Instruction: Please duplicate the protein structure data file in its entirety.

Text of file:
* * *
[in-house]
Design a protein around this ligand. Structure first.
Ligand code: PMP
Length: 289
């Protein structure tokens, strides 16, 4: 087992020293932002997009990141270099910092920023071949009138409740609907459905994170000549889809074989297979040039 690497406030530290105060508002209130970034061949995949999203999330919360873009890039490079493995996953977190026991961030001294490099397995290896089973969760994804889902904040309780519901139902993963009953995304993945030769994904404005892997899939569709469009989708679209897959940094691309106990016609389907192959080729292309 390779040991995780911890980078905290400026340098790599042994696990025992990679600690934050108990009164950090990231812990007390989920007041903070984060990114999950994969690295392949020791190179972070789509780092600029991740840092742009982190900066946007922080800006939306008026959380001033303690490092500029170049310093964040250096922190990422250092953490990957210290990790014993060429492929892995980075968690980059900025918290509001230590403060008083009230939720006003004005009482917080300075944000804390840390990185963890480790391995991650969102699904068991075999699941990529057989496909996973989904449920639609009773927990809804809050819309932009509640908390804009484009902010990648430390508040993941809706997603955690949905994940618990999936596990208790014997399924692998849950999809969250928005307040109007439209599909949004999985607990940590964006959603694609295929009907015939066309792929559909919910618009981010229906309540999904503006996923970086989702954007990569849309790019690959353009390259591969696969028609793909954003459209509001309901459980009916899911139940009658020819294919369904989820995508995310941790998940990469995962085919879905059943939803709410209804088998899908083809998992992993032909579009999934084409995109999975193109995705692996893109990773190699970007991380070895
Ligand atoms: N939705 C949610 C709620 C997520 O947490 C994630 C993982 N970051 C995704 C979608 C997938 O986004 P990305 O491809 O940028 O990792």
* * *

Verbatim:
[in-house]
Design a protein around this ligand. Structure first.
Ligand code: PMP
Length: 289
């Protein structure tokens, strides 16, 4: 087992020293932002997009990141270099910092920023071949009138409740609907459905994170000549889809074989297979040039 690497406030530290105060508002209130970034061949995949999203999330919360873009890039490079493995996953977190026991961030001294490099397995290896089973969760994804889902904040309780519901139902993963009953995304993945030769994904404005892997899939569709469009989708679209897959940094691309106990016609389907192959080729292309 390779040991995780911890980078905290400026340098790599042994696990025992990679600690934050108990009164950090990231812990007390989920007041903070984060990114999950994969690295392949020791190179972070789509780092600029991740840092742009982190900066946007922080800006939306008026959380001033303690490092500029170049310093964040250096922190990422250092953490990957210290990790014993060429492929892995980075968690980059900025918290509001230590403060008083009230939720006003004005009482917080300075944000804390840390990185963890480790391995991650969102699904068991075999699941990529057989496909996973989904449920639609009773927990809804809050819309932009509640908390804009484009902010990648430390508040993941809706997603955690949905994940618990999936596990208790014997399924692998849950999809969250928005307040109007439209599909949004999985607990940590964006959603694609295929009907015939066309792929559909919910618009981010229906309540999904503006996923970086989702954007990569849309790019690959353009390259591969696969028609793909954003459209509001309901459980009916899911139940009658020819294919369904989820995508995310941790998940990469995962085919879905059943939803709410209804088998899908083809998992992993032909579009999934084409995109999975193109995705692996893109990773190699970007991380070895
Ligand atoms: N939705 C949610 C709620 C997520 O947490 C994630 C993982 N970051 C995704 C979608 C997938 O986004 P990305 O491809 O940028 O990792």